>> Before all tools are fixed, all must normally write data in
>> ISO 8859-1 format. ISO 8859-1 with embedded UTF-8 would also
>> be ok. (Note: some of Markus Kuhn's objections to having a
>> base256 version of UTF-8 because it lacks essential properties
> No. I'm sorry, you will have to stop demanding stuff which is patently
> Tools that deal with ISO-8859-1 mixed with UTF-8 cannot be written.
> You can't even reliably autodetect between ISO-8859-1 and UTF-8.
The problem is not that it is impossible to write such a tool (it isn't)
but that it won't work 100 percent of the time. It is commonly pointed
out that a byte in the range [0xC0, 0xDF] followed by a byte in the
range [0x80, 0xBF] is unlikely to occur in Latin-1 text, but it isn't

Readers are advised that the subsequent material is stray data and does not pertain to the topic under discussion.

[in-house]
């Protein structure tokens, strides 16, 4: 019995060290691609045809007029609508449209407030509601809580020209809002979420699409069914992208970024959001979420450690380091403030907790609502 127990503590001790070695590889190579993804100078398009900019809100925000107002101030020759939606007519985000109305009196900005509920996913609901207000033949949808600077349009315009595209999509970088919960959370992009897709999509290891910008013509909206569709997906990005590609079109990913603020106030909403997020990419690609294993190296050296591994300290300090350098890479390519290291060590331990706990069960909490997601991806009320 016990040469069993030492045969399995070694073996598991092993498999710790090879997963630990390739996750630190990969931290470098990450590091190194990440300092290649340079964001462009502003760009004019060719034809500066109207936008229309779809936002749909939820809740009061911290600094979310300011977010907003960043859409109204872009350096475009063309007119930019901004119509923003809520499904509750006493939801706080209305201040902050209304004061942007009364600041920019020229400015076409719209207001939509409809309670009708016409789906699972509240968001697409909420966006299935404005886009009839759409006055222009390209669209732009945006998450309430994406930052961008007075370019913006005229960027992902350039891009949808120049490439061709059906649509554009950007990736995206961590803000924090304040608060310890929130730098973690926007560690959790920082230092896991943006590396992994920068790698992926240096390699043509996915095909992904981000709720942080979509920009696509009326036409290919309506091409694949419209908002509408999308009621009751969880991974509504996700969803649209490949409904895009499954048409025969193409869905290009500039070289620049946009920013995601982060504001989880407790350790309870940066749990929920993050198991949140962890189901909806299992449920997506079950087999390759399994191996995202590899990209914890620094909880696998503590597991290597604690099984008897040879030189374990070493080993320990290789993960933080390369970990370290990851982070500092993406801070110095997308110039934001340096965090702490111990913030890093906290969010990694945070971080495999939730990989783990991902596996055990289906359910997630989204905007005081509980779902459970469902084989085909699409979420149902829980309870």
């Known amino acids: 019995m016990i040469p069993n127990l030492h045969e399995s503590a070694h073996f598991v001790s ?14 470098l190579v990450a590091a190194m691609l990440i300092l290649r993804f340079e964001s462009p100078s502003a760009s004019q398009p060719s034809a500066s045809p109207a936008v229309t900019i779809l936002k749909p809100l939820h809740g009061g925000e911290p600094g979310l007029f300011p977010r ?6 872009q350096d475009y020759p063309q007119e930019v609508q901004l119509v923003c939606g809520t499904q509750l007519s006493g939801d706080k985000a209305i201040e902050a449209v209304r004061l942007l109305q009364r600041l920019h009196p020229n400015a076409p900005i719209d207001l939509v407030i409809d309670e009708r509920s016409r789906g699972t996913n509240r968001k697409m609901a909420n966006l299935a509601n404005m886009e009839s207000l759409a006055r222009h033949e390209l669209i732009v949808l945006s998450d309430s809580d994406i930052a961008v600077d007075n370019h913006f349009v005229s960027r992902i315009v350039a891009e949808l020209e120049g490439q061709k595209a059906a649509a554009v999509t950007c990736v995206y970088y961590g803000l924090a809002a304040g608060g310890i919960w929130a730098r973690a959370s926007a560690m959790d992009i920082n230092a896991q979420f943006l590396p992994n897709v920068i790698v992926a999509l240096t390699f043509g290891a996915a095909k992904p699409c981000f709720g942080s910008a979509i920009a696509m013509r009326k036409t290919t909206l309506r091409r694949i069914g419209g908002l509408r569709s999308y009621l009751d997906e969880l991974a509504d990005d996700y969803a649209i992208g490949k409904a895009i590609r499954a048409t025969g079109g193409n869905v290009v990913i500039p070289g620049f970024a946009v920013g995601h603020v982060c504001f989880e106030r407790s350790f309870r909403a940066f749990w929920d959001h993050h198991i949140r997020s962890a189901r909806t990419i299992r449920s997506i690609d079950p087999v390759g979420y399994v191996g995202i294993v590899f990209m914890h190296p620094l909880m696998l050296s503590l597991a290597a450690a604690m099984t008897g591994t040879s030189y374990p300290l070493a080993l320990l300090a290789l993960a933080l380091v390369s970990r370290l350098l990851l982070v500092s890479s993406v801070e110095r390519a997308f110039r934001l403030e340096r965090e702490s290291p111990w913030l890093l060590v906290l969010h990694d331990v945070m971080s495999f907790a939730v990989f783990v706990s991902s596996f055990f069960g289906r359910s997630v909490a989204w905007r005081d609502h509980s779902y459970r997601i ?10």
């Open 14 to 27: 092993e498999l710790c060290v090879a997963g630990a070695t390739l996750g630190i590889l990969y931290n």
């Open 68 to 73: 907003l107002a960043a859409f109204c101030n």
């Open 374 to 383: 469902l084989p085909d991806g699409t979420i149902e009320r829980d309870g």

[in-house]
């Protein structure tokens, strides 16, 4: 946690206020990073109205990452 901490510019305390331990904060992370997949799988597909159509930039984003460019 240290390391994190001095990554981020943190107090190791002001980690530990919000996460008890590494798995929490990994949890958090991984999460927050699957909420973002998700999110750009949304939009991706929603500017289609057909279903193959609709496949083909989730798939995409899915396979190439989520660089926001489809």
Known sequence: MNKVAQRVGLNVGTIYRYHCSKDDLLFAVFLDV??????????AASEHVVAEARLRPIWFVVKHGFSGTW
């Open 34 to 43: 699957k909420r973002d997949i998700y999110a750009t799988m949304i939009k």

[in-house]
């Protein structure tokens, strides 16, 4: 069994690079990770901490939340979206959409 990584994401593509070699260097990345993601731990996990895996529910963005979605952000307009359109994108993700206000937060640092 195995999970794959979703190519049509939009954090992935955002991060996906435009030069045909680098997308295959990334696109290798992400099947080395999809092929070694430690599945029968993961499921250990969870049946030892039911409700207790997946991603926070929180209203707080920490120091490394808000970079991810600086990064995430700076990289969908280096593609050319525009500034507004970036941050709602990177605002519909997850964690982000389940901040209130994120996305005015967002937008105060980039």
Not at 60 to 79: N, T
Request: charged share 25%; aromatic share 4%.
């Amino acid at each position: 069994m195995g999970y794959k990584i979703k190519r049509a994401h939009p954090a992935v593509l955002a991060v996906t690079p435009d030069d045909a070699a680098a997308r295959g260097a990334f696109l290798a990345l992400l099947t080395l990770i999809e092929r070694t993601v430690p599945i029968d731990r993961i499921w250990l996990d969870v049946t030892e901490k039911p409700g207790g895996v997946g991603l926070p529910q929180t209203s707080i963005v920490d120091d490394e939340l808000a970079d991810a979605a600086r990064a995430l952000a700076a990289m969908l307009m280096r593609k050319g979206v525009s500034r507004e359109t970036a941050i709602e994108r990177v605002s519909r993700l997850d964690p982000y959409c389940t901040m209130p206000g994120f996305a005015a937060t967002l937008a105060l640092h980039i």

hard to create a contrived example:
(my new hypothetical, Java-based, registered-trademarked product)
contains the Latin-1 sequence 0xC9 0xAE, which is perfectly legal UTF-8
for U+026E, LATIN SMALL LETTER LEZH. Your mixed UTF-8/8859-1 text tool
will dutifully convert my E-acute and circled-R into what, a voiced
lateral fricative? You do not want text tools that work less than 100
percent of the time.
This archive was generated by hypermail 2.1.2 : Tue Jul 10 2001 - 17:20:51 EDT